Can Europe Make It?

Street opera during lockdown

"They know all this. But they still say these things. I'm saying them now."

Iain Galbraith
27 May 2020, 8.55am
Microscopic view of the Coronavirus.
Wikicommons/ NIAID-RML. Some rights reserved.

The murmur of men's voices. The curtain doesn't go up but parts. I'm looking down from ‘house right’, not exactly from the gods but, shall we say, from the second circle. 

I recognize the men. They are standing in a circle in the middle of the street fifty yards away. I have exchanged nods with each of them and spoken to two on several occasions. And yet something about their appearance pierces me. Their faces are grey and serious, and perhaps because of my angle of view their circle seems compressed, despite their efforts to self-distance. The two I know are Romanian, but I hear them speaking German. The others, I must suppose, are not Romanian. I do know they all work on building sites. I've heard people say they work long hours for less than the minimum wage, pay no tax, no medical insurance, make too much noise, have no registered place of abode. 

I know people who have said this. I also know that the same people know the men in the circle to be among the most vulnerable, in danger of deportation, uninsured work injury, denunciation, physical attack, and that they don't work cheaply for fun. They know all this. But they still say these things. I'm saying them now. All of us, including the men in the circle, are united in realizing something is terribly wrong. But whatever it is appears to belong to silence and the required order of things. 

As in England (though not in Scotland) building work in Germany continues during lockdown. Impossible life and danger are the circle's subject.

In the past 20 years or so I have frequently seen circles of men in our street. Whenever there are road works involving a hole dug for access to a pipe, for example, you can bet that by about four o'clock in the afternoon, when people return from work, there will be several men solemnly gathered in a circle around its rim, staring down into the hole. Of course the holes are reminiscent of bomb craters: poignant reminders of injustice, social rupture, loss of life and deprivation. But what do the men talk about? Is it the metonymy of the palpable absence that draws them, its presence a sign of yet greater, as yet inexpressible absence? I once saw a woman join the circle around the hole. She later told me that she had been standing there "ironically". The men had quite simply been talking about different aspects of the hole and its purpose. The old normality.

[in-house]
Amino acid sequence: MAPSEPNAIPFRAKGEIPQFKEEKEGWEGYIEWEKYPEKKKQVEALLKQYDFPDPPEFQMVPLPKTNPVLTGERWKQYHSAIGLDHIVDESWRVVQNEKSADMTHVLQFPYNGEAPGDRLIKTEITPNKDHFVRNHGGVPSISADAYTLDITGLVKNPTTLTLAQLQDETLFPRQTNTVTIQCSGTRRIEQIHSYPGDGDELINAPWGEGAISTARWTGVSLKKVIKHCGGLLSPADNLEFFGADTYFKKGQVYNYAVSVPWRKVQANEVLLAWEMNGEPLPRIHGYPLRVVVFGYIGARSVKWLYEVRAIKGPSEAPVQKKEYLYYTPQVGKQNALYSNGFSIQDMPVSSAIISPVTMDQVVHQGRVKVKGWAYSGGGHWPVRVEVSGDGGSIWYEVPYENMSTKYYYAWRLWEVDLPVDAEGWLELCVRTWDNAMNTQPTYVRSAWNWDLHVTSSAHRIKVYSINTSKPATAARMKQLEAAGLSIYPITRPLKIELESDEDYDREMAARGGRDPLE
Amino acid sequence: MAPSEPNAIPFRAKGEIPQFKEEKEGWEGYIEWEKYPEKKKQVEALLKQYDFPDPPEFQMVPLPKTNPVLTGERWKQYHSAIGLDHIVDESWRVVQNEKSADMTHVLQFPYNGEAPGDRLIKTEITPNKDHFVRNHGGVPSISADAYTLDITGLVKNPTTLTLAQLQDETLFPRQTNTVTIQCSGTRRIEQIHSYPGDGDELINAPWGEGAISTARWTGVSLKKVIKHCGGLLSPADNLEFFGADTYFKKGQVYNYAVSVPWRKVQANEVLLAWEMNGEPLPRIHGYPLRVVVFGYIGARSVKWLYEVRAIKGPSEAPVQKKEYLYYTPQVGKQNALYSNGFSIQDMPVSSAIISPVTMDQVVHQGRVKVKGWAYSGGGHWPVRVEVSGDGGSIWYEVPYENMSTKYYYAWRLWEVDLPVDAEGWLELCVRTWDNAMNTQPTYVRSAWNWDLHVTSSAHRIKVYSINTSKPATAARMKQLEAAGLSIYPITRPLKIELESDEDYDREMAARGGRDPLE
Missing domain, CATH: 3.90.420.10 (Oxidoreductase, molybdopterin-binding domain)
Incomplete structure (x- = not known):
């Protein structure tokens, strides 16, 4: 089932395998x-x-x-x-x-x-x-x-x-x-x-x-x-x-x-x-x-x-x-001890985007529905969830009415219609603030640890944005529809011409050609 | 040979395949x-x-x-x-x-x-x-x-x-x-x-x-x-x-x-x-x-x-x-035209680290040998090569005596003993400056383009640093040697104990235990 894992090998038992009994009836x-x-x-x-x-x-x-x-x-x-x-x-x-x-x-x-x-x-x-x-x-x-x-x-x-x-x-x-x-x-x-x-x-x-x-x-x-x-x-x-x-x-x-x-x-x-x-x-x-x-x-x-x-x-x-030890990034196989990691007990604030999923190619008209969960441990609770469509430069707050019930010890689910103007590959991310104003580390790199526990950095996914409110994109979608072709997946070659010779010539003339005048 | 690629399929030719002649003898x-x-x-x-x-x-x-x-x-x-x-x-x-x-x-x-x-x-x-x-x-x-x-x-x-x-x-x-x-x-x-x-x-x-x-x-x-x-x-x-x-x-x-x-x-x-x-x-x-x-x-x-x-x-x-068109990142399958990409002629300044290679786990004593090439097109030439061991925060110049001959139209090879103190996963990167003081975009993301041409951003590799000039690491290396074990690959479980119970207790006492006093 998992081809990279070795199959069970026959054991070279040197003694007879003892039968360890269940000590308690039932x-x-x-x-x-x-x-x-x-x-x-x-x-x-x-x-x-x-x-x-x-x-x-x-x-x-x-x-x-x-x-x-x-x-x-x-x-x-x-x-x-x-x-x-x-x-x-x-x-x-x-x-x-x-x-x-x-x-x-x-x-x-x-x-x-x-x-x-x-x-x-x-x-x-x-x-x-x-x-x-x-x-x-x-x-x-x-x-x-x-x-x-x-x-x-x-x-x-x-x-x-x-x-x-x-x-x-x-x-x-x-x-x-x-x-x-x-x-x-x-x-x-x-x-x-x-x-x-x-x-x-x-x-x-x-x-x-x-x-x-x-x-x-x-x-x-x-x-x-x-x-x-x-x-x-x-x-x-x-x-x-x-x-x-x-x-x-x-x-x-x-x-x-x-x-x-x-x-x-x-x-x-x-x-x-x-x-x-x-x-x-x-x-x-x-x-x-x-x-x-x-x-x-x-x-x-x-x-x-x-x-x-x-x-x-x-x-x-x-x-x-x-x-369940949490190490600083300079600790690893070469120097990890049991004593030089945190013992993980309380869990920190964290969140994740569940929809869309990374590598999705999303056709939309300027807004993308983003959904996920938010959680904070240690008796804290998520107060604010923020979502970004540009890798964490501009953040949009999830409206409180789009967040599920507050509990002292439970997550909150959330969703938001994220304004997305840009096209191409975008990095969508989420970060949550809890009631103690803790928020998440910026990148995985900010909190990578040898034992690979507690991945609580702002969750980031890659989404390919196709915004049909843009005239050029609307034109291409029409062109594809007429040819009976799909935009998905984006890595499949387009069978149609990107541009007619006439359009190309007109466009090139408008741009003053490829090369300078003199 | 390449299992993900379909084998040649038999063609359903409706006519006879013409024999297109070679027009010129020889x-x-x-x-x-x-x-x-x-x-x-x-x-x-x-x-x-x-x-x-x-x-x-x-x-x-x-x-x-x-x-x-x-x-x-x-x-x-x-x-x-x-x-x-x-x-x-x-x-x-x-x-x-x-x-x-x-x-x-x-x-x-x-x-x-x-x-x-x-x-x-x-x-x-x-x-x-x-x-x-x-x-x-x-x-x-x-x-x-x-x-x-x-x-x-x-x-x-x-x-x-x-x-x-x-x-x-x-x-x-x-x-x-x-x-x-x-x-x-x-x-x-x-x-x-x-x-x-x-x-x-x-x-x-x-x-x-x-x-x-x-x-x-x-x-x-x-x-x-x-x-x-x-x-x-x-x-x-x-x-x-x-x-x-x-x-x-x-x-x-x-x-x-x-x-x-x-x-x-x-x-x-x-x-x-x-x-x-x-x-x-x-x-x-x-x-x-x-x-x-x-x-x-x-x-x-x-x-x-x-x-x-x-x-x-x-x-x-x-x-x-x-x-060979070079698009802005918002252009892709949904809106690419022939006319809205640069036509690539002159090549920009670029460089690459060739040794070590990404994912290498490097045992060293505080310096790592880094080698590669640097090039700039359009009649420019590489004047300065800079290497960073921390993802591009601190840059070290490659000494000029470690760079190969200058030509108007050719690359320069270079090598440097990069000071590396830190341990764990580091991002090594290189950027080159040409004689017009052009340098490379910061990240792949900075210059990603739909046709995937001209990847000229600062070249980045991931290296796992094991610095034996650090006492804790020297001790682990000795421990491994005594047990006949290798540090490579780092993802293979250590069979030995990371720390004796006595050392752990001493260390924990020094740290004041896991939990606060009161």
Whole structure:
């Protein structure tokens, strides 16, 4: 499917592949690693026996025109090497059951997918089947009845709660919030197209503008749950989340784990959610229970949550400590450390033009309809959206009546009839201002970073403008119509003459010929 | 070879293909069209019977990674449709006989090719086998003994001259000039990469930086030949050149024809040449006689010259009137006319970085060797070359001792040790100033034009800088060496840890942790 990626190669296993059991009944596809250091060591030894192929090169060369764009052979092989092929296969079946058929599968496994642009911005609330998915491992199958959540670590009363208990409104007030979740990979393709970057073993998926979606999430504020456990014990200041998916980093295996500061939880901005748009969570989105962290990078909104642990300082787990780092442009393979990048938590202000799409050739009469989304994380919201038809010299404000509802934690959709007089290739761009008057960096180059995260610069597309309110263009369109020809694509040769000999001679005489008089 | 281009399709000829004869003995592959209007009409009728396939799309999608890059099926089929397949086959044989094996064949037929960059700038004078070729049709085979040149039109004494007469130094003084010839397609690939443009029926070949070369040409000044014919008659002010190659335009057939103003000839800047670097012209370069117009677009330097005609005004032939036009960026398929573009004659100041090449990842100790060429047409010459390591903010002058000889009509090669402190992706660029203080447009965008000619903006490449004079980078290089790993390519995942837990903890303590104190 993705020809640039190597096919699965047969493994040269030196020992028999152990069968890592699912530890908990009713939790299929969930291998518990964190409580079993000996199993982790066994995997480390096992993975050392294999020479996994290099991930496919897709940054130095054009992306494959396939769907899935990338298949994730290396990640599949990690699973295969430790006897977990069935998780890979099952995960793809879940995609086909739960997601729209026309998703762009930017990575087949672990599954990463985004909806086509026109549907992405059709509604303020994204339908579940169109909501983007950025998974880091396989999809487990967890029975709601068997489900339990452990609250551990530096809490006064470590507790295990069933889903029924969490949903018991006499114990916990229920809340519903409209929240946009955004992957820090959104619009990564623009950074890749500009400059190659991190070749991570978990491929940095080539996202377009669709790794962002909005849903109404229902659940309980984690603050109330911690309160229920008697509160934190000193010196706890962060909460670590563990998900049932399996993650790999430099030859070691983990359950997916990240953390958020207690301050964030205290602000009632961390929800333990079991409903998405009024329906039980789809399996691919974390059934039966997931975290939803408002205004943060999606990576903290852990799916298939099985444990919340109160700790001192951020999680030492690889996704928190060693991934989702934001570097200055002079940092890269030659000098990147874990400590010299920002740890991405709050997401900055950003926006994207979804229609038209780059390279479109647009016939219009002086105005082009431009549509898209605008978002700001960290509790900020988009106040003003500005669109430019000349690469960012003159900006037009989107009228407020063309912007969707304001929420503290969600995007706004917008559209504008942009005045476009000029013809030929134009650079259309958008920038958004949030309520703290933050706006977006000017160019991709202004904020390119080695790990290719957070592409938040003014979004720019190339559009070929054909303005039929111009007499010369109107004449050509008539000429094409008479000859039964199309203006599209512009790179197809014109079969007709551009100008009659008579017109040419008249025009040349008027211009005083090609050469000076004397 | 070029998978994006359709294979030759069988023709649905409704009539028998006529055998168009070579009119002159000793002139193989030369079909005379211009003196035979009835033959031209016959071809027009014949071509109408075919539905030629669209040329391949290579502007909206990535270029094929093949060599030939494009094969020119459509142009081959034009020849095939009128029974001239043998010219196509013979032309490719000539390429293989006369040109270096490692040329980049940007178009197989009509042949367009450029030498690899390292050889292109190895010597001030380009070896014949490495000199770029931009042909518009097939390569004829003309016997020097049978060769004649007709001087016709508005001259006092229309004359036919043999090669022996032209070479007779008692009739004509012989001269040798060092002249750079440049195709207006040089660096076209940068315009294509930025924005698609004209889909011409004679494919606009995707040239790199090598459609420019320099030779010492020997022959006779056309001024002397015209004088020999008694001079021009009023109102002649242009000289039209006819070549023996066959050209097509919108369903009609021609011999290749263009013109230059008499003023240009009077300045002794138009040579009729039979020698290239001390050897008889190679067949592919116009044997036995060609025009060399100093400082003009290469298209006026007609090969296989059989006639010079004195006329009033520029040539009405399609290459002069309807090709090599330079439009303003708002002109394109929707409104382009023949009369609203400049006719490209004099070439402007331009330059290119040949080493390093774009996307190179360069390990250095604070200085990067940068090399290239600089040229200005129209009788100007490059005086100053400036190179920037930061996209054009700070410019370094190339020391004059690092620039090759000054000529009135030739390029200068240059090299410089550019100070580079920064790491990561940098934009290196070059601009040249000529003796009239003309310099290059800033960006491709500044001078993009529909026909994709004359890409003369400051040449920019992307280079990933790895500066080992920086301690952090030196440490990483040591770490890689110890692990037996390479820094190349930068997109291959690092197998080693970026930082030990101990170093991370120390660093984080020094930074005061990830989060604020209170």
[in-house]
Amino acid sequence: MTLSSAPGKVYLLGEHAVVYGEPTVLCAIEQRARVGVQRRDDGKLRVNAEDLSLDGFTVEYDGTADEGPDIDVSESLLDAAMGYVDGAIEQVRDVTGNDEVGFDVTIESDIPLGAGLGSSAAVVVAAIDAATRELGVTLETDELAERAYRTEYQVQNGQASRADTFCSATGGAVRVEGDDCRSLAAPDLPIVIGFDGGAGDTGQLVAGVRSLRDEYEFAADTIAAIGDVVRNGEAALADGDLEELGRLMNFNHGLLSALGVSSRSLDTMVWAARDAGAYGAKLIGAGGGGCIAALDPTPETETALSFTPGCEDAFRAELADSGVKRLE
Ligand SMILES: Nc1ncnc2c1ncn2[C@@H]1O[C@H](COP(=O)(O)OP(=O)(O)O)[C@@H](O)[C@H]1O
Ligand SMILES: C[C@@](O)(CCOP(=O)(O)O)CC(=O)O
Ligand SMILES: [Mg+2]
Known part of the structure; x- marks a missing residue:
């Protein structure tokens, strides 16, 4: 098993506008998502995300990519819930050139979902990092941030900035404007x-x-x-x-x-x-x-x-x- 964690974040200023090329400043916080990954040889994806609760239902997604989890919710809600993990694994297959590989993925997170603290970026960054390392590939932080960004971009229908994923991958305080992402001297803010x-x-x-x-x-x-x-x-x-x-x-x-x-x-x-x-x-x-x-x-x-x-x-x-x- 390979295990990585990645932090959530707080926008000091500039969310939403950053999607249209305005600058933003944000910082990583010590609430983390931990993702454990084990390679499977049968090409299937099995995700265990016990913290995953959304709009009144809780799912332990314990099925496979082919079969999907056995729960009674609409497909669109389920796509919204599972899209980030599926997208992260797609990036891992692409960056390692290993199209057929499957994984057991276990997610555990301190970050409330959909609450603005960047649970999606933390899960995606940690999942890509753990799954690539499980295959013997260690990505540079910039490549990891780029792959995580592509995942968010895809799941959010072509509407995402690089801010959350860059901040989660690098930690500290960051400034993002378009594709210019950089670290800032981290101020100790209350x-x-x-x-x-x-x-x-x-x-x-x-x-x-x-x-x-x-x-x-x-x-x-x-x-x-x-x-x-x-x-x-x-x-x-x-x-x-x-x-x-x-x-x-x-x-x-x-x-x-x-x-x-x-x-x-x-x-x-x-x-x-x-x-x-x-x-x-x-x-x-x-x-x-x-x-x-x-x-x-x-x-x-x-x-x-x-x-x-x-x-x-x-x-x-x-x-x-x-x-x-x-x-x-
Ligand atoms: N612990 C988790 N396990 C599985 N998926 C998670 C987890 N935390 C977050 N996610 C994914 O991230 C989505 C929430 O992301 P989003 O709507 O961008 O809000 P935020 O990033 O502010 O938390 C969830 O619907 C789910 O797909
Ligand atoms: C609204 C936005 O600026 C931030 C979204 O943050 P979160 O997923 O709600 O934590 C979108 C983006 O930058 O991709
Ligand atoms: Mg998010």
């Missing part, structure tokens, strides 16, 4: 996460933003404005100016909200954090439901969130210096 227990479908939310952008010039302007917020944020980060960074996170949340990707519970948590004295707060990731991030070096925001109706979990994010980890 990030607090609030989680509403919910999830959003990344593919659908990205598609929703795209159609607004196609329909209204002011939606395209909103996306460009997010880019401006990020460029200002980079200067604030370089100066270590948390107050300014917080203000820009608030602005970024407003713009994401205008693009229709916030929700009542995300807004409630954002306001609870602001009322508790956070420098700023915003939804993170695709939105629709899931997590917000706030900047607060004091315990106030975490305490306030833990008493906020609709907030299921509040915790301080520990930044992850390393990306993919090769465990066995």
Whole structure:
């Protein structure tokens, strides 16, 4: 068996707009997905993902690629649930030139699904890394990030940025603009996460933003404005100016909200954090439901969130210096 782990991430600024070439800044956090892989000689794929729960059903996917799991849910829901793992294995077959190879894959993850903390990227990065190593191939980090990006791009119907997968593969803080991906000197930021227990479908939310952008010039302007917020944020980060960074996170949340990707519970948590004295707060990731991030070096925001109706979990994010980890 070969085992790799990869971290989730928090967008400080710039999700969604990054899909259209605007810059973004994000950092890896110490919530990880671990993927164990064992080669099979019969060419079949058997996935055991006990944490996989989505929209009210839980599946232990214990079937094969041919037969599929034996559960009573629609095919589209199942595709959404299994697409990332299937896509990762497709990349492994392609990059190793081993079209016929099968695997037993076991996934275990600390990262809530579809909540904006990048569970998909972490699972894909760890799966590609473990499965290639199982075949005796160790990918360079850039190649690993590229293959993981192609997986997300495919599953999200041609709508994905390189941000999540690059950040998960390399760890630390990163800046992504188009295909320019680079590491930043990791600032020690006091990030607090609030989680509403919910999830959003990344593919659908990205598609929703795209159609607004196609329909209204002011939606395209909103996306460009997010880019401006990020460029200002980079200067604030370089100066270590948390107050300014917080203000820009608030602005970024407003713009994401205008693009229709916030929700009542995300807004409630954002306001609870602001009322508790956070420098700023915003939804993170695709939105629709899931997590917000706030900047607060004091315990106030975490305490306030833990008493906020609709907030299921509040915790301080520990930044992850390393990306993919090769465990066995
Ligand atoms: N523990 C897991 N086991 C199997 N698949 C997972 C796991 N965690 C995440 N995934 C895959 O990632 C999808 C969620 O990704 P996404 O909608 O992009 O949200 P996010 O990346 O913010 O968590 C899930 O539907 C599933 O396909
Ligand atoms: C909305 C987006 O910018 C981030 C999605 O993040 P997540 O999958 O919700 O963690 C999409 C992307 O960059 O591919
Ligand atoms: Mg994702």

Is today's circle any different?

In 'The Theatre and the Plague', contained in his series of short essays on the theatre Le théâtre et son double (1938), Antonin Artaud writes among other things of a plague that broke out in his native Marseille exactly 300 years ago this month. He recounts many other examples of plagues and their gruesome effects on populations from earliest times, but he calls the Marseille plague, apparently contained by quarantine, the only one on which we have modern clinical records. Nevertheless, the essay begins with the story of the Sardinian Viceroy Saint-Rémy who acts swiftly to protect the population by preventing a ship carrying the contagion from landing at the harbour of Cagliari. And yet the psychic energy that drove his action (at the time considered insane and despotic) came not from a knowledge of virology or hygiene, of which he had none, but from a nightmare in which he had witnessed the effects of pestilence.

But how can a dream, given the viceroy's lack of experience, be so percipient? And what of our unsettling circle? Artaud, comparing them with theatre, sees such phenomena as "emanations" of the "inner nature" of the plague. I translate:

The plague grasps images that are dormant, a latent disorder, and quickens them as extreme gestures; the theatre too takes gestures and forces them to extremes; like the plague it reforges links between what is there and what is not, between the virtuality of the possible and actually embodied nature. It rediscovers the notion of figures and archetypes that act like sudden silences, culminations, capillary arrests, fits of temper, inflammatory images thrust into our unexpectedly alert minds; it restores our dormant conflicts and all their force, giving them names we hail as symbols [...]  These symbols, the sign of ripe powers held in bondage and rendered unusable in the real world, now burst forth in the guise of astonishing images that give existence and the freedom of the city to acts naturally inimical to social life.  

An exemplary latent image is newly embodied. The group of men, a small circle with its corona of heads, has meanwhile dispersed. The street is empty again but for a potent and distressing memory. The obscene image is broadcast globally.

This piece was originally published in the May edition of Splinters.

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